The Week in Review
December 21, 2007
Congress went home for the holidays after wrapping up a session that saw many successes despite attempts by Senate Republicans to throw up roadblocks. In the past week alone, they blocked votes on ending the war in Iraq and other issues. Before lawmakers left Washington they passed a $555 billion spending bill to fund government operations and passed an energy bill that Senator Bernie Sanders helped craft. He also teamed up with Senator Patrick Leahy and Congressman Peter Welch to press the National Football League to broadcast the December 29 Patriots Giants game.
Home for the Holidays Looking back at this year's session of Congress, Senator Bernie Sanders counted many successes despite unprecedented obstruction tactics by Republicans. "In the face of a record number of Republican filibusters and strong opposition from the White House, we certainly have not accomplished everything that I wanted, but we have made some real progress in significantly increasing funding for our veterans, in raising the minimum wage, in making college education more affordable and for beginning to transform our energy system." To read more, click here.
Corporate Media Concentration The Federal Communications Commission voted to let broadcasters in the nation's 20 largest media markets also own a newspaper. "The FCC has made a bad situation worse. Unless Congress overrules this ruling, fewer and fewer big media conglomerates will control what Americans see and hear and read," said Sanders. He was among 26 senators who put the FCC on notice that they will work to revoke the rule. To read more about the senator's view, click here. To read John Nichols insights in The Nation, click here.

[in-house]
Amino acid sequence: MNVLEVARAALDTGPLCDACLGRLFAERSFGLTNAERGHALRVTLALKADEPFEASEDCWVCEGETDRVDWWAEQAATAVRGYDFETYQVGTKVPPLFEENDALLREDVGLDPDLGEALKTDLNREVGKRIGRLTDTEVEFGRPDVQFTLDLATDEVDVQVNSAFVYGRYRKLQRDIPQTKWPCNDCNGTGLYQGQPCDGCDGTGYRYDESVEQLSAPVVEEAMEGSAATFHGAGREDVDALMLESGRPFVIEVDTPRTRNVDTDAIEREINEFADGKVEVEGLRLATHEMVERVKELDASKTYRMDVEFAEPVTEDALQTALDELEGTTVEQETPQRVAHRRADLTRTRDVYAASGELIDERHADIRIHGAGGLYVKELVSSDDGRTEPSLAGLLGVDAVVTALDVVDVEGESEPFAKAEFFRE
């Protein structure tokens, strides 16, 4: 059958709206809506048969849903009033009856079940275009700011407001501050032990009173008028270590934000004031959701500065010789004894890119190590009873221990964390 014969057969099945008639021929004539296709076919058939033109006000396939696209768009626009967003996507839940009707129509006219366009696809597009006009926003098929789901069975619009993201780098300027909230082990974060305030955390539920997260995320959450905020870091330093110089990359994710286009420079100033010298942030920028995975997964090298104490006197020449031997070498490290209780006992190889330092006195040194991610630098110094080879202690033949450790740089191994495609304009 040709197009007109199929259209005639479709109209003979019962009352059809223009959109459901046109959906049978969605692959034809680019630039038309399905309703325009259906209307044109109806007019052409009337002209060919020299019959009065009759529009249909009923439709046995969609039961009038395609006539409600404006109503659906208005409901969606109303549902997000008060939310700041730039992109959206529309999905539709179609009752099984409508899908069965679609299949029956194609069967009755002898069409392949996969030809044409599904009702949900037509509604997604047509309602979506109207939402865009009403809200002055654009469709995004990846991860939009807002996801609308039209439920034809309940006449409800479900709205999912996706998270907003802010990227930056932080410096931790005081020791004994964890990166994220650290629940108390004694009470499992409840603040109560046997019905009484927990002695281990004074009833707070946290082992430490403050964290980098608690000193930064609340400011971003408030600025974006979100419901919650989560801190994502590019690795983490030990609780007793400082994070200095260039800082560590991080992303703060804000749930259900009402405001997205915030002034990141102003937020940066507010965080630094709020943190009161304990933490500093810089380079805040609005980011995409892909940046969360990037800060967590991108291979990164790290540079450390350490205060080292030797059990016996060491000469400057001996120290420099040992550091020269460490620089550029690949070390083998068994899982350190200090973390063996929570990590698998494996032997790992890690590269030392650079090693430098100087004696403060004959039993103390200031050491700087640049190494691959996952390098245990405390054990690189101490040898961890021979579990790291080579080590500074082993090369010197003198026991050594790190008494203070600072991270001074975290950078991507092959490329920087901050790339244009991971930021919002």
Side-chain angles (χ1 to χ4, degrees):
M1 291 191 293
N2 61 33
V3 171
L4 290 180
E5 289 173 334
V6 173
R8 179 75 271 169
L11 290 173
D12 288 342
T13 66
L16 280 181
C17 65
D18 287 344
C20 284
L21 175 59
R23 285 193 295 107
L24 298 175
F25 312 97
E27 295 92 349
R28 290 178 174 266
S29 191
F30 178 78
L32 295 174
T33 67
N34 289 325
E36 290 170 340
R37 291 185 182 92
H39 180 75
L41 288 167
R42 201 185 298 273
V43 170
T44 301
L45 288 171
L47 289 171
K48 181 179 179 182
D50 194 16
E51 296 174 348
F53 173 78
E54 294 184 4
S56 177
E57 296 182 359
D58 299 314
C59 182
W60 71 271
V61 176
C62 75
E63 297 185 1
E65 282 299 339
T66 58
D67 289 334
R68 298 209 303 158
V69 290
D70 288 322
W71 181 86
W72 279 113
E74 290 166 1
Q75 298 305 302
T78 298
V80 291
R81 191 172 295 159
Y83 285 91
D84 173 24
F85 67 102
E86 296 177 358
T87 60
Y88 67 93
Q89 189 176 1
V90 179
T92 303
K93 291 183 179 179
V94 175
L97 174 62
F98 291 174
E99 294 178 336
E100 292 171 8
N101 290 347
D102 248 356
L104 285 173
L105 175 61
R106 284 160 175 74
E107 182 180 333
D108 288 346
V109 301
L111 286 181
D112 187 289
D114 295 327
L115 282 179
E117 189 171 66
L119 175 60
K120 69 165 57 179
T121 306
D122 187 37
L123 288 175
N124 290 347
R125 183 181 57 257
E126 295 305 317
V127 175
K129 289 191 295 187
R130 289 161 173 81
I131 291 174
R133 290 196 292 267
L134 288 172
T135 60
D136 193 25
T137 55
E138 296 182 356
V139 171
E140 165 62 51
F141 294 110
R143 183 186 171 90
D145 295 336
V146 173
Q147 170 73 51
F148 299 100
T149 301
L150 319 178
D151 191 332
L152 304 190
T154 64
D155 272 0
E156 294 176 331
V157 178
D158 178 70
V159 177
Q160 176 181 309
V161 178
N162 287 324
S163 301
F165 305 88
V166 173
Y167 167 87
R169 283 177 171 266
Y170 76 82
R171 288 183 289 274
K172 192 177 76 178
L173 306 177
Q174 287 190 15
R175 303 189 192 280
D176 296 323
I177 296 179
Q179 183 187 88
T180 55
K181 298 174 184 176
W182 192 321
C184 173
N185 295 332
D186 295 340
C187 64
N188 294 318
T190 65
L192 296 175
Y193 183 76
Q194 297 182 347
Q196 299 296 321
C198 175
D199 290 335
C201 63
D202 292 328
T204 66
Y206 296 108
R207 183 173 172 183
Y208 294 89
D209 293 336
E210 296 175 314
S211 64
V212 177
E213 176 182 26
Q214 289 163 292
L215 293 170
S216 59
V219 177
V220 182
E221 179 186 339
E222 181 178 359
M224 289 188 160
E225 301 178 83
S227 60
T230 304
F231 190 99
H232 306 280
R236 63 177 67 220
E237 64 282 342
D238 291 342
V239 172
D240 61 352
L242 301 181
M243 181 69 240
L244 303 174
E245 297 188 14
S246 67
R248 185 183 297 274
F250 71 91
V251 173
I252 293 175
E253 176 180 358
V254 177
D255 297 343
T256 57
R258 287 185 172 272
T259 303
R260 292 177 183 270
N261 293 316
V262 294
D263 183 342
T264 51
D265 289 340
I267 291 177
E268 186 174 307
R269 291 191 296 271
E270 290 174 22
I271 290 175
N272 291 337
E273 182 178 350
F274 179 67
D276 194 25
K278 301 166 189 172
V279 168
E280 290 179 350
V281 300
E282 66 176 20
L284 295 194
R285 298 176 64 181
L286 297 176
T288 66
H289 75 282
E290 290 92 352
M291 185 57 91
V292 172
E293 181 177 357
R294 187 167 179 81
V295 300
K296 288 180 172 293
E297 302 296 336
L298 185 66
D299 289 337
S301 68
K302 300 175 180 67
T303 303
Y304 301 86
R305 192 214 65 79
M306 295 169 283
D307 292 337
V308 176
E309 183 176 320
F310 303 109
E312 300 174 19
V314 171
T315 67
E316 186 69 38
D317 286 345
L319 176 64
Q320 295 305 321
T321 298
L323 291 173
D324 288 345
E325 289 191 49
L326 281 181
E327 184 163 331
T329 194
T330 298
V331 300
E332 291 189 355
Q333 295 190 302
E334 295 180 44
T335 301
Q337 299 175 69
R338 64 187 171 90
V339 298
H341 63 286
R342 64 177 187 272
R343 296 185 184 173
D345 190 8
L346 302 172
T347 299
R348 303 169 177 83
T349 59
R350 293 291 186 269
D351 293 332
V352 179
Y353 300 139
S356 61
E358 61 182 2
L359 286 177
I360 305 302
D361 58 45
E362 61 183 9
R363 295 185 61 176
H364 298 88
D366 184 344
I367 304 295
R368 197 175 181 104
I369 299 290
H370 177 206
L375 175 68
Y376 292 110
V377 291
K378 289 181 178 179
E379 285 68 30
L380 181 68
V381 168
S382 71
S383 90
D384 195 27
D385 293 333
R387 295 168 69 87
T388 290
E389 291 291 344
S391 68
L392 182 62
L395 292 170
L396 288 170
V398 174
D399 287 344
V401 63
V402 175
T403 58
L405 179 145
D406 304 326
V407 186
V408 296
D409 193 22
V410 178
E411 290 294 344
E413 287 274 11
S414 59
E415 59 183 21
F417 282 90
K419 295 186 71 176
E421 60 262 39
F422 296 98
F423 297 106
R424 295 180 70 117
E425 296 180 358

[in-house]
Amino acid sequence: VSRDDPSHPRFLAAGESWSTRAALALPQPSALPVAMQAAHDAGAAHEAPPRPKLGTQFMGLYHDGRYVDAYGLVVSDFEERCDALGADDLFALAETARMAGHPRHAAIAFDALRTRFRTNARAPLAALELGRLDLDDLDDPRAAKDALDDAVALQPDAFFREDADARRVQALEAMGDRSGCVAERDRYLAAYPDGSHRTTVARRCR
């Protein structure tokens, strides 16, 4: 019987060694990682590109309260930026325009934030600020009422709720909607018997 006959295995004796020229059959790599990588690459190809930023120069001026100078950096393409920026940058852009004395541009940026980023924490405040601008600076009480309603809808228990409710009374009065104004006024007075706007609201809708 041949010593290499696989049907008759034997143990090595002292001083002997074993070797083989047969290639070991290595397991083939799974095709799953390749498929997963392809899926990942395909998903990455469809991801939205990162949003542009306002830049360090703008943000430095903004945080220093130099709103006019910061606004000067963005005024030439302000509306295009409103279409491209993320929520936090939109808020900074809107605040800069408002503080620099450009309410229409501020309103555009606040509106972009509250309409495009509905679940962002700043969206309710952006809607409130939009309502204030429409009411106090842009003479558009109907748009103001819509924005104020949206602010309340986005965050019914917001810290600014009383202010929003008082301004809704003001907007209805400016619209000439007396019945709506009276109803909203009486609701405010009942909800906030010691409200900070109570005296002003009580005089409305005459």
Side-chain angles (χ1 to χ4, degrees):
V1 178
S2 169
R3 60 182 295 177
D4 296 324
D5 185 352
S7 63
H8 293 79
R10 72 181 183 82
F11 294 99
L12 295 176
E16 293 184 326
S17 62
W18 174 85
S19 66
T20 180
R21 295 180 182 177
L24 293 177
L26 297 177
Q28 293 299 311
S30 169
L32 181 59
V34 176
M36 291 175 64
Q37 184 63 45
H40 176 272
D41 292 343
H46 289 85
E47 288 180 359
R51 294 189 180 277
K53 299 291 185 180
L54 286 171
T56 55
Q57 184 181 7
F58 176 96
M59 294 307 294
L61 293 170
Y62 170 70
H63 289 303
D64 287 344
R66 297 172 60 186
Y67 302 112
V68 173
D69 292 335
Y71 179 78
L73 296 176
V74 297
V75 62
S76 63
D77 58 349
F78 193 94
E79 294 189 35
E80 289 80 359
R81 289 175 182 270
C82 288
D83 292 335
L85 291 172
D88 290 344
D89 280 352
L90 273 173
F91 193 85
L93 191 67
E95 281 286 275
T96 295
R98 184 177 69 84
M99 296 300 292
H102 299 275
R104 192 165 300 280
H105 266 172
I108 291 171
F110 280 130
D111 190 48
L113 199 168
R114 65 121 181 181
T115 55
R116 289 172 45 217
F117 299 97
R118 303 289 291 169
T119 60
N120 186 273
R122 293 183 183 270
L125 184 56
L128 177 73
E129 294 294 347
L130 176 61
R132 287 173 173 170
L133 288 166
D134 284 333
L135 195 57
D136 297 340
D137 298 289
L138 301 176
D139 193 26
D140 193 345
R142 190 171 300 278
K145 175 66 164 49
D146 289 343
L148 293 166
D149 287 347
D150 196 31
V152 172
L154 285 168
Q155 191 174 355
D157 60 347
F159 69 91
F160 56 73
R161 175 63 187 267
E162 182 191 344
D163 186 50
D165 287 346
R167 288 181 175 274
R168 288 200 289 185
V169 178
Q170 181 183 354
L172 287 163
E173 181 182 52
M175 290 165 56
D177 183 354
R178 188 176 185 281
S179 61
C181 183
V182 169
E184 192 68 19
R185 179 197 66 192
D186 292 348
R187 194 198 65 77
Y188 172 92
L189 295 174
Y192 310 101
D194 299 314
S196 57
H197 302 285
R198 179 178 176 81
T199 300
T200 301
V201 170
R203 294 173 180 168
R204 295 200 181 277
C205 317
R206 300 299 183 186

Energy Congress approved legislation that will make American cars more fuel efficient and change the ways we heat and light our homes. The measure included provisions by Sanders to promote energy efficiency and to train workers for green-collar jobs. "Given the crisis we're facing in global warming, the passage of this energy bill is an important step forward," he said. "Much more has to be done in the future." To read more, click here.
EPA Decision President Bush's Environmental Protection Agency this week refused to grant California a waiver under the Clean Air Act, which would have allowed it to set more stringent tailpipe emissions standards. Under the Act, California is expressly granted the right to request to institute more stringent standards. Seventeen states, including Vermont, representing perhaps over one-half of all cars in the U.S., stand ready to implement the California standard, if California's request was approved. EPA Administrator Johnson claimed such a waiver would create a "patchwork of state rules." This is the same language used by the industry to distort the fact that this would create a simple two-tiered system, not by any definition "patchwork." Vermont and other states should be allowed to opt-in to more aggressive standards to further environmental protection. To read more, click here.
Hot as Hell A B-24 that World War II aviators named Hot as Hell was flying over the Himalayas and crashed into a mountainside in India. The lost crew included two Vermonters. A mountain climber last year discovered a portion of the plane's wing. He notified relatives, who sought help from the Pentagon and, when that failed, from Sanders. "How is it," the senator asked Defense Secretary Gates, "that the Department of Defense cannot send a recovery team to an ally's country to recover the remains of American servicemen?" To read The Burlington Free Press story of the downed plane, the Hot as Hell, click here.
Patriots vs. Giants Vermont's congressional delegation asked the NFL to broadcast the Dec. 29 Patriots vs. Giants game. The season finale may be seen in Boston and New York for free, but not in most of Vermont, where fans are caught in the middle of a fight between the football league and cable television industry. "What we now have are two very powerful and wealthy special interests, the NFL and the cable companies, squabbling over who is going to be making more money out of this game," Sanders said. To read more, click here.